At what frequency should we be testing our wastewater to get actionable data on trends in my community?
The optimal sampling strategy for your community, whether a municipality or a building environment, depends on how you intend to use the data. We generally recommend sampling at least weekly.* If you plan to use wastewater as an early warning system, you may need to sample more often than weekly so that trends based on multiple samples can be quickly evaluated.
Why is a composite sample preferred?
The composite sample provides us with a reliable look into the health of the whole population contributing to the waste stream. If we were to test one sample taken at one instance in time (i.e. a grab sample), that sample would only capture a small subset of the overall population that contributes to the sampling catchment. A composite sample instead combines several subsamples collected at different times across a 24-hour period. Using composite samples allows us to analyze data from a wider population, while grab samples often demonstrate a less representative variability by sampling only a subset of the entire wastewater stream.
How frequently should we pump wastewater during 24-hour composite sampling?
Pumping frequency depends on population size, but in general, we recommend a pumping frequency of every 15 minutes for municipal customers for a total of 96 subsamples over a 24-hour period.
Can Biobot also test samples from effluent or sludge after the primary clarifier?
At this time, we do not test effluent water or sludge as these do not contain useful information for Biobot’s mission of leveraging wastewater for public health. Our lab instead focuses on influent wastewater, including samples collected after the grit removal and bar screen processes. Our methods are best tailored for raw influent samples––the dirtier the better!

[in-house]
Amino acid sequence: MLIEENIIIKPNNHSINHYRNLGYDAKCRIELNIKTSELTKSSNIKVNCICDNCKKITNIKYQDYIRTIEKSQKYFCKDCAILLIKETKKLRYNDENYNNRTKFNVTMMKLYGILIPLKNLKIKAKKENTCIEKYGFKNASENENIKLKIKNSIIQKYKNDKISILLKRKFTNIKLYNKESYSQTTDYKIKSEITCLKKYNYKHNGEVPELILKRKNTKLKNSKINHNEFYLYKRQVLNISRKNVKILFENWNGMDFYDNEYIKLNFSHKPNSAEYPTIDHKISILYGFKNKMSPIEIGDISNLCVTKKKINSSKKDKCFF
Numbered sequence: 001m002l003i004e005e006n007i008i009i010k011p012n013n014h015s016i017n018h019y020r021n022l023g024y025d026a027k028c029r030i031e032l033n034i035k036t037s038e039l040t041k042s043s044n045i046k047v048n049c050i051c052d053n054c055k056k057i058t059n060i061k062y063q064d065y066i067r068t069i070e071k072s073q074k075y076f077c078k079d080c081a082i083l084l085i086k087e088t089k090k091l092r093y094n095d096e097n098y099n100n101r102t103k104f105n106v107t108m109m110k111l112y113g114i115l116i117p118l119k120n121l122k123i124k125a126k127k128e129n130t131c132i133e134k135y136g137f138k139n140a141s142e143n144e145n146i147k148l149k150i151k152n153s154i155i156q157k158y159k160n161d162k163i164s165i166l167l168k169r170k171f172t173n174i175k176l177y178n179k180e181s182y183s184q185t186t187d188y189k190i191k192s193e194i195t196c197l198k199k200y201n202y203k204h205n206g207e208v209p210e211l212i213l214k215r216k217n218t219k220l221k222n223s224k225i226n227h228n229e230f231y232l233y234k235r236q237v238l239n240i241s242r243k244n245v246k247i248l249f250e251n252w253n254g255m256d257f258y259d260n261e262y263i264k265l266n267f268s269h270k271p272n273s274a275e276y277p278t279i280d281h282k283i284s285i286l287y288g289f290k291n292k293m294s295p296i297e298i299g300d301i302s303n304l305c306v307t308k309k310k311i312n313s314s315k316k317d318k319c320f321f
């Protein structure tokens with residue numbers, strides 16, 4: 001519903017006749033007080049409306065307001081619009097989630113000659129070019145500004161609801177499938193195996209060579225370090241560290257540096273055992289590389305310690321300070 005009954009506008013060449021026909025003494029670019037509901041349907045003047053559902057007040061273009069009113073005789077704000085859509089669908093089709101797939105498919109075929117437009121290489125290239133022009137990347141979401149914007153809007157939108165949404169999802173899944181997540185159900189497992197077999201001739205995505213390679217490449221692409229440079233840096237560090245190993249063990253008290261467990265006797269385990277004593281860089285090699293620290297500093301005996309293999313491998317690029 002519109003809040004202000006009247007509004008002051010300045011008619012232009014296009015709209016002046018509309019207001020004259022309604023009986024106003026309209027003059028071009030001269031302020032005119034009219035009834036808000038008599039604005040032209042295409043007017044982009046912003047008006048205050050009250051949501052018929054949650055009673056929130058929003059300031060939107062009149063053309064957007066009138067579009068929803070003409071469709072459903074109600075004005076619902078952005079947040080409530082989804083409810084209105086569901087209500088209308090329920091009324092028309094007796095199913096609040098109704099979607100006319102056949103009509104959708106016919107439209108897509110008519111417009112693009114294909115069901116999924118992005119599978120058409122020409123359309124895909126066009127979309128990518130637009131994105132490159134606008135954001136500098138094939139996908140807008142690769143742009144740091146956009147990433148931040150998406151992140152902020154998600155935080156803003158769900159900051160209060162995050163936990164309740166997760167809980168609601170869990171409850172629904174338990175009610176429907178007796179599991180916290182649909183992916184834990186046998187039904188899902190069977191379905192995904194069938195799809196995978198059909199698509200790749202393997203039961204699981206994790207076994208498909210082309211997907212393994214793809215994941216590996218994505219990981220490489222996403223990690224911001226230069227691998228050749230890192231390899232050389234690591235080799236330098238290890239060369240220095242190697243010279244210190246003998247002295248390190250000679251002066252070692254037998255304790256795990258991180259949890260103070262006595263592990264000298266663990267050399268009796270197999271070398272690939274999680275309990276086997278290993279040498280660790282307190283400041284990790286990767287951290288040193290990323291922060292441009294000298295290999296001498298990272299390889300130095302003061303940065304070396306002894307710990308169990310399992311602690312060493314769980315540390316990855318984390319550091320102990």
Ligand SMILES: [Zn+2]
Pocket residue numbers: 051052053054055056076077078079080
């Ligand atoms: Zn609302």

Can people catch the virus from handling wastewater?
There is no evidence to date that anyone has become sick with COVID-19 because of exposure from wastewater. Standard practices associated with wastewater treatment plant operations should be sufficient to protect wastewater workers from SARS-CoV-2. These standard practices can include engineering and administrative controls, handwashing, specific safe work practices, and personal protective equipment normally required when handling untreated wastewater. Beyond CDC recommendations for how to protect against COVID-19, no additional COVID-19-specific protections are recommended for workers managing wastewater, including those at wastewater treatment facilities.
*Note: Sampling frequency is dependent on your customer type. Biobot Network participants collect samples on a weekly basis. CDC NWSS program participants sample twice per week.